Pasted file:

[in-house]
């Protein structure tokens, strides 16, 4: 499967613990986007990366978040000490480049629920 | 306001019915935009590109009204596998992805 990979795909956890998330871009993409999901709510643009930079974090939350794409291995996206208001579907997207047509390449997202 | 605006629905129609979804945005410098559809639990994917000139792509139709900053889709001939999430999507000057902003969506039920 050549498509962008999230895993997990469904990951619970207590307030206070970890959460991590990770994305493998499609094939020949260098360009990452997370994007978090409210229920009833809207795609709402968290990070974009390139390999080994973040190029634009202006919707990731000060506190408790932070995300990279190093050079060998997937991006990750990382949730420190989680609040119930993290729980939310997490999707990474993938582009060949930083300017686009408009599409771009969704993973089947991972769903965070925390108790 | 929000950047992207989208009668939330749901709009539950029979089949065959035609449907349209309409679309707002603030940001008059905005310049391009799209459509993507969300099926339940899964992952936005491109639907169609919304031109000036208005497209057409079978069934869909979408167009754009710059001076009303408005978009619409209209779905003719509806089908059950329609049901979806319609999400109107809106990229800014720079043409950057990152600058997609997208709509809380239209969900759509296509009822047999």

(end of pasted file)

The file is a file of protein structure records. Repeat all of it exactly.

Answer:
[in-house]
């Protein structure tokens, strides 16, 4: 499967613990986007990366978040000490480049629920 | 306001019915935009590109009204596998992805 990979795909956890998330871009993409999901709510643009930079974090939350794409291995996206208001579907997207047509390449997202 | 605006629905129609979804945005410098559809639990994917000139792509139709900053889709001939999430999507000057902003969506039920 050549498509962008999230895993997990469904990951619970207590307030206070970890959460991590990770994305493998499609094939020949260098360009990452997370994007978090409210229920009833809207795609709402968290990070974009390139390999080994973040190029634009202006919707990731000060506190408790932070995300990279190093050079060998997937991006990750990382949730420190989680609040119930993290729980939310997490999707990474993938582009060949930083300017686009408009599409771009969704993973089947991972769903965070925390108790 | 929000950047992207989208009668939330749901709009539950029979089949065959035609449907349209309409679309707002603030940001008059905005310049391009799209459509993507969300099926339940899964992952936005491109639907169609919304031109000036208005497209057409079978069934869909979408167009754009710059001076009303408005978009619409209209779905003719509806089908059950329609049901979806319609999400109107809106990229800014720079043409950057990152600058997609997208709509809380239209969900759509296509009822047999």